My grandmother was discharged from the hospital two days after they put in the pacemaker. She then stayed with me for a week so I could keep an eye on her and while she watched the cricket. Apart from some bruising and the pacemaker needed it's pulse/speed changed, she is feeling dramatically better. She has returned home to gossip with her friend Betty and is quite perplexed as to why she feels a tad weak when walking to the shops. Her doctor says it will take six-eight weeks for her to fully recover and for her to take it easy.

Alas, easy is not how my Gran rolls.

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Comments (15) Trackbacks (0)
  1. Phew!

    I read that post with increasing trepidation but I’m pleased your gran is home again and feeling better. She’s sounds like a great lady – long may she follow the cricket.

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  2. Got to admit, I also felt increasing fear while reading. It’s really good to hear that your gran got through this ordeal and has people around her who care so much. She sounds like a very strong woman.

    Oh and welcome back Kitta! :)

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  3. Thanks Kazzi. :grin:

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  4. So glad to hear she’s doing better. All my prayers are with her, you, and your family. :mrgreen:

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  5. glad that she’s home to gossip with her buddies again – and that really is a nice compliment to get, hope you had yourself another can of coke to celebrate :smile:

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  6. Great to hear from you girl… and that your Gran is doing “ok” if not 100% :)

    Hospitals can be horrible places, and the longer you’re there, the longer it seems to take to get out… :( *memories of my grandfather last year* he just never made it out in the end…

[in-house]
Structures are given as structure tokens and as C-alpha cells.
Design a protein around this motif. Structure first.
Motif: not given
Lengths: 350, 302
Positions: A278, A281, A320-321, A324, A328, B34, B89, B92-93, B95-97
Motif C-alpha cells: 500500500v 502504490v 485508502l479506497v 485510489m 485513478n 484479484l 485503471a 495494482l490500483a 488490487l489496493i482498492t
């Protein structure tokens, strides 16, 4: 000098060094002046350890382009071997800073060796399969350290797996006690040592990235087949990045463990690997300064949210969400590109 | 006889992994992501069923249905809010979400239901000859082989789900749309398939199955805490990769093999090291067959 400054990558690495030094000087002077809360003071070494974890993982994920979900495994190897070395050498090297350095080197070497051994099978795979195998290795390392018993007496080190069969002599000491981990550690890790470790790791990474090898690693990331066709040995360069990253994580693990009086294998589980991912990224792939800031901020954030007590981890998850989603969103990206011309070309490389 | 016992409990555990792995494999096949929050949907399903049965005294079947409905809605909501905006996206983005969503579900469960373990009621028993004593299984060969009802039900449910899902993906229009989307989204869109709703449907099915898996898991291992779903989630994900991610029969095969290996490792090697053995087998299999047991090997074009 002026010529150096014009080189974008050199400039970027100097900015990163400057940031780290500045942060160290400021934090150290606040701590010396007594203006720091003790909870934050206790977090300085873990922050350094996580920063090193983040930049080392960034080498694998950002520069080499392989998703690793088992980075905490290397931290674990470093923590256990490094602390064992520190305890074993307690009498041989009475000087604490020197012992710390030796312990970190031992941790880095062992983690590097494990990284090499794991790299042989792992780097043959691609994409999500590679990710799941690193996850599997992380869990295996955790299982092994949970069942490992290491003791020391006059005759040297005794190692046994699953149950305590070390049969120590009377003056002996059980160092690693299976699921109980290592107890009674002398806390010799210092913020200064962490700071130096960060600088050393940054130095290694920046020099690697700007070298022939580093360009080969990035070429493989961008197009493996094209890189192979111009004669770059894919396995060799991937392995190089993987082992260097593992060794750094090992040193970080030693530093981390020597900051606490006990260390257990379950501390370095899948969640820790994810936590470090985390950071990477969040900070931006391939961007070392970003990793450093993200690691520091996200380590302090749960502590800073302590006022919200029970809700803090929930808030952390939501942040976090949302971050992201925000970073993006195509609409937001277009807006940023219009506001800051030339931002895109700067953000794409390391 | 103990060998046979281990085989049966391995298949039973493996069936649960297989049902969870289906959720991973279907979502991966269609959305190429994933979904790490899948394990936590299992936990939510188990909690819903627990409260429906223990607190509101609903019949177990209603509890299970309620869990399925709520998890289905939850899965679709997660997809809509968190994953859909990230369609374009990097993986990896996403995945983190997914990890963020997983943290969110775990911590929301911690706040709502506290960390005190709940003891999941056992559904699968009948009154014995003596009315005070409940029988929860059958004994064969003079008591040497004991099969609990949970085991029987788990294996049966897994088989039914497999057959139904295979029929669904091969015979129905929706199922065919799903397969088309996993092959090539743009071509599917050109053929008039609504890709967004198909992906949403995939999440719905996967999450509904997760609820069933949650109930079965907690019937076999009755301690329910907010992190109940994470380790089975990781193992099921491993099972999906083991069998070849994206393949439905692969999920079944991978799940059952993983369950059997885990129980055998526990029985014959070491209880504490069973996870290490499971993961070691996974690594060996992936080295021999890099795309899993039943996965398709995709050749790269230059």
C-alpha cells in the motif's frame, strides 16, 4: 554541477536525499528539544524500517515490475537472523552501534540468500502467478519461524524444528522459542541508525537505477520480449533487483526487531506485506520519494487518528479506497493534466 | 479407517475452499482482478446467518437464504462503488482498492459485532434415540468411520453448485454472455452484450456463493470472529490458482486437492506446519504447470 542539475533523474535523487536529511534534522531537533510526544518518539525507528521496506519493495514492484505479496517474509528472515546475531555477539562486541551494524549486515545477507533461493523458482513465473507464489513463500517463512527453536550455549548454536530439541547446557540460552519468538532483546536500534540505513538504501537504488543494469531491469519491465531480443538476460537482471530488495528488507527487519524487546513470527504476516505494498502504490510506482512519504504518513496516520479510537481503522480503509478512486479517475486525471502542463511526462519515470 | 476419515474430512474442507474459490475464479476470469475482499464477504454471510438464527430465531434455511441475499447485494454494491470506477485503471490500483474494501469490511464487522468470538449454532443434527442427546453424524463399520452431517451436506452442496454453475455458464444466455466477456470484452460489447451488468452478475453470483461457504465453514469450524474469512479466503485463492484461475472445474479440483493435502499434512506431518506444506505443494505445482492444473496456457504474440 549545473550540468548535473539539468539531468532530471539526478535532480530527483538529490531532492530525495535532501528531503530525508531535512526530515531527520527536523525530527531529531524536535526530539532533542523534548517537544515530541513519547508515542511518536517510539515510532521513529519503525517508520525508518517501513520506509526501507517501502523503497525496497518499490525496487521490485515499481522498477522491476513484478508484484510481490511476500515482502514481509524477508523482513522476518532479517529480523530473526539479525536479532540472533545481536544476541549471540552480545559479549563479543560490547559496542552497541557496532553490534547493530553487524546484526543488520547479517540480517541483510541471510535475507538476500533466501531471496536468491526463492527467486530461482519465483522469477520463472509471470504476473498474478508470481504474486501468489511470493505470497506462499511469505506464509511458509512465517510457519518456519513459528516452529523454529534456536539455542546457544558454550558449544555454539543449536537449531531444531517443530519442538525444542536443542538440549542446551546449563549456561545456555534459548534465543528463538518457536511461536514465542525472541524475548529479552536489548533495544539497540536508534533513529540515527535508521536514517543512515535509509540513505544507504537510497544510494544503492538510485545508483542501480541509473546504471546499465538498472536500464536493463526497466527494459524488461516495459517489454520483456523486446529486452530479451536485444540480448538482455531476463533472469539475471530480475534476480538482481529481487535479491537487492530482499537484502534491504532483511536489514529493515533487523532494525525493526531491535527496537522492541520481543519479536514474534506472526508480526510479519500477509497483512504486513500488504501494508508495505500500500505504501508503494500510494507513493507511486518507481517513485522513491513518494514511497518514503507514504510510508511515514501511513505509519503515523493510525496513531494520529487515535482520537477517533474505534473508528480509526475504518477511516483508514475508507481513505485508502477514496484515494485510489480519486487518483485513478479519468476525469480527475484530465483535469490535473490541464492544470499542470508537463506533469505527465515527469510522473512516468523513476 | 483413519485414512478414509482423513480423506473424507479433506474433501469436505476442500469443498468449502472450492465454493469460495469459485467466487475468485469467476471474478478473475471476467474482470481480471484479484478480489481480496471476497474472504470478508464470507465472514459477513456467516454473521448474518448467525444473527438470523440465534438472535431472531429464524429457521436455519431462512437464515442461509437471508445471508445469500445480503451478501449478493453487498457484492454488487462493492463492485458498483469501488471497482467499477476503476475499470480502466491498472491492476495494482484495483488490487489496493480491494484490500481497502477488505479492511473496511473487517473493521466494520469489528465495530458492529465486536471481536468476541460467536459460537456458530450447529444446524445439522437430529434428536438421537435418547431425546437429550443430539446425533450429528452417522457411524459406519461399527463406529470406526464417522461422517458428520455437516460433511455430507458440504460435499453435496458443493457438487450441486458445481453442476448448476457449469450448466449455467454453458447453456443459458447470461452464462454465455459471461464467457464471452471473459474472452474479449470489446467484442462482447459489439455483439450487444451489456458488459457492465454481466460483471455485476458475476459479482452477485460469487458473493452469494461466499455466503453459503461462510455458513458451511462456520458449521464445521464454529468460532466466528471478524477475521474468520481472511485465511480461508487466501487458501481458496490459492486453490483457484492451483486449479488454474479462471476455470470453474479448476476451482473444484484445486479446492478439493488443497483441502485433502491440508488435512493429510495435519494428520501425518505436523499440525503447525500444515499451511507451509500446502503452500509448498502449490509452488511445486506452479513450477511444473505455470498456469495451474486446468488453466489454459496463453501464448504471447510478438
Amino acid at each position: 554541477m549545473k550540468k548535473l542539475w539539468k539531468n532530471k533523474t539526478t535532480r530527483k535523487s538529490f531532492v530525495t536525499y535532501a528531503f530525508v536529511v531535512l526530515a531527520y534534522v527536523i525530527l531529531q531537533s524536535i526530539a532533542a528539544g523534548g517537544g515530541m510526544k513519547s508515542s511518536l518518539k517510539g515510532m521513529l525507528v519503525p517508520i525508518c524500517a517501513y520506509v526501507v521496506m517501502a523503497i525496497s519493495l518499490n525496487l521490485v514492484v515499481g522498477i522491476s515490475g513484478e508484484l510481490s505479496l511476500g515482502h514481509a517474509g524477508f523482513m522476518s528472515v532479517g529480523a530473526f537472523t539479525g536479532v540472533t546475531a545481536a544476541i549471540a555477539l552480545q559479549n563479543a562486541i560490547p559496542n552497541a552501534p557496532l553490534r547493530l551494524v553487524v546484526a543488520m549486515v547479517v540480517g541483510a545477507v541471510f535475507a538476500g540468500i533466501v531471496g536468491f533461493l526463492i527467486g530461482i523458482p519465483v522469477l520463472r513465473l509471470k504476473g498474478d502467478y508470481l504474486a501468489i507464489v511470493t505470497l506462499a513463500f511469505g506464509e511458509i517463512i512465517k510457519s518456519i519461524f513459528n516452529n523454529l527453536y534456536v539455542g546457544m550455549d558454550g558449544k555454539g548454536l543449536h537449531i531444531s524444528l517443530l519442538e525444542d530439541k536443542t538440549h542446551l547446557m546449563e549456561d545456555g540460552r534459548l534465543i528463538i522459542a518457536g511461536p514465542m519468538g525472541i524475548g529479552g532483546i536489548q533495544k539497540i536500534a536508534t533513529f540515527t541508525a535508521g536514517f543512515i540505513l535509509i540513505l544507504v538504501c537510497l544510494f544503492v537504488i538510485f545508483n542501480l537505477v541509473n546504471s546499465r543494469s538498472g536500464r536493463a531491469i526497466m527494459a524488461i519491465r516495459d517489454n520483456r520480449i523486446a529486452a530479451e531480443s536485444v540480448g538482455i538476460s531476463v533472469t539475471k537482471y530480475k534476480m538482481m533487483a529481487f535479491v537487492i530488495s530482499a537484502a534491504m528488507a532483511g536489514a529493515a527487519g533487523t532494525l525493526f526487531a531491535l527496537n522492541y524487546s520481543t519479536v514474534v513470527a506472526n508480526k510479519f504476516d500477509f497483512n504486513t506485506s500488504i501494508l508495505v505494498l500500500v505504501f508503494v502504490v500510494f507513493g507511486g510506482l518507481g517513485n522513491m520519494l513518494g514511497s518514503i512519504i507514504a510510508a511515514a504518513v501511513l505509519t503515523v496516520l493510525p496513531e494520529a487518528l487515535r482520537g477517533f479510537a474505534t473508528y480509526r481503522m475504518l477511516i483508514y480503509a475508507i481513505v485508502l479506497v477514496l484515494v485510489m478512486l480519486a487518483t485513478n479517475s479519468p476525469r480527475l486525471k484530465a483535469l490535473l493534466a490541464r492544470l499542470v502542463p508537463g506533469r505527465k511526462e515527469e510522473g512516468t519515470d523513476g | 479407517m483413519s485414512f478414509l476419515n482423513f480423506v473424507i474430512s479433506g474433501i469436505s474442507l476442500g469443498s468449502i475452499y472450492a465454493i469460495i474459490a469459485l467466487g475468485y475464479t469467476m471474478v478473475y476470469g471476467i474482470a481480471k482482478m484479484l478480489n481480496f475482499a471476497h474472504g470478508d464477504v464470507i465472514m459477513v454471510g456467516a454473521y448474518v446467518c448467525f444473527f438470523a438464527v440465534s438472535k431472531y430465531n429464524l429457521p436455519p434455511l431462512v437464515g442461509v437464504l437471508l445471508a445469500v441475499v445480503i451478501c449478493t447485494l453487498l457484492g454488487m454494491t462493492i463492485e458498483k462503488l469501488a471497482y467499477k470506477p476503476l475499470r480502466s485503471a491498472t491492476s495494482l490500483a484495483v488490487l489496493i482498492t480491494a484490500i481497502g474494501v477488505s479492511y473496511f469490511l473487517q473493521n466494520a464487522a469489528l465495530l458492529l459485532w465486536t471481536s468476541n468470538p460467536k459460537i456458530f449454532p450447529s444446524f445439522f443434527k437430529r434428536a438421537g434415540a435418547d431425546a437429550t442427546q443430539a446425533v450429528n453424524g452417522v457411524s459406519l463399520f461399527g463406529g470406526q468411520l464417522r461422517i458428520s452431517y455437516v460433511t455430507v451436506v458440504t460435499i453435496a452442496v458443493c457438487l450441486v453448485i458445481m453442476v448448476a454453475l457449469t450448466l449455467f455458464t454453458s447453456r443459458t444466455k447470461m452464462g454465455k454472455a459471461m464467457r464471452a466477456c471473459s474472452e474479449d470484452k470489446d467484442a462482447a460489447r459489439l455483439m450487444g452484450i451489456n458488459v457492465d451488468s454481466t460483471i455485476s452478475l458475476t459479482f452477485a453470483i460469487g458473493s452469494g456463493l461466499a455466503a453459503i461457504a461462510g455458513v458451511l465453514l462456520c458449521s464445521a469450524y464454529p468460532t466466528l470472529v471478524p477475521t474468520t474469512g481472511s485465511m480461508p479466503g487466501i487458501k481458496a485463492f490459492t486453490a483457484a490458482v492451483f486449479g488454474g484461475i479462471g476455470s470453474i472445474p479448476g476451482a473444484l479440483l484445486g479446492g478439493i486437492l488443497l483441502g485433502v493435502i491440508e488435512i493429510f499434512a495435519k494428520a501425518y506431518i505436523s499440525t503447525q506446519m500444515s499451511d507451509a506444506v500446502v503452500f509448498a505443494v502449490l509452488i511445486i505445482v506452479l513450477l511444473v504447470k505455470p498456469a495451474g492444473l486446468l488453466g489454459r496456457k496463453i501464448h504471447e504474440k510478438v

Look after her :)

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  7. Such a lovely well written piece Kitta, it had me on tenderhooks all the way. We’ve all been thinking of you and your Gran and we are glad your back and happy.
    I lost my Mum in November after a 3 week stay in intensive care in which we barely left the hospital. Luckily for us our local hospital issued Coke and Snickers on prescription and we found when added to severe sleep deprivation you could achieve a “Massive” sugar rush…….wheeeeeeeeeeeee
    Unfortunately my 83 year old mother in-law has started having strokes/seizures and has been admitted 3 times since xmas. Sleeping with one hand on the phone is uncomfortable but as she makes a full recovery each time I’m just wondering which one of us will go first, her to a stroke or me to heart failure?
    The main thing is that just like your Gran, she’s here now and she’s happy and that makes me happy.
    Welcome back honey
    Colin
    :mrgreen: :mrgreen: :mrgreen:

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  8. This post really got me close to tears!
    I share your feelings as my grand-mother’s health condition declined a couple years ago.

    Keep up the good spirit :-)

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  9. Kitta, I am glad to hear that your gran is feeling well again, I cannot imagine the sleepless nights you must have had waiting on news. I am going back to Scotland tomorrow to visit my own gran who is unfortunately now in a hospice and your post has reminded me of how little I have seen her over the past few years.

    Take care, Adam

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  10. Hey Kitta,
    Don’t you just hate the waiting?!

    Typical Hospital / Doctor visit…
    “Well, Ed, your test results are back and you only have a week to live. Come back in two weeks and we’ll discuss your options.”

    Good to know that you, and your Grandmother, are OK. I was beginning to worry a little.

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  11. You have me all teary eyed Kitta…I’ll leave it at that.

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  12. Great story Kitta. Got to love a happy ending.

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  13. :cry: This a a beautiful little story and i really hope your grandmother will stay with you for a long time..

    I’ve never felt such fears for my grandfather at this time..It makes me so sad to know that he can leave me at any moment from now…

    I found your blog by accident by twitter. And I’ll be back.

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  14. Give her our best. We will pry for her. I hope she feels better and back to herself soon.

    she have to take it easy on the shopping :)

    all the best.

    Dan

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  15. Lovely post. I’m glad that things have worked out. Now, take Gran out for lunch and shopping!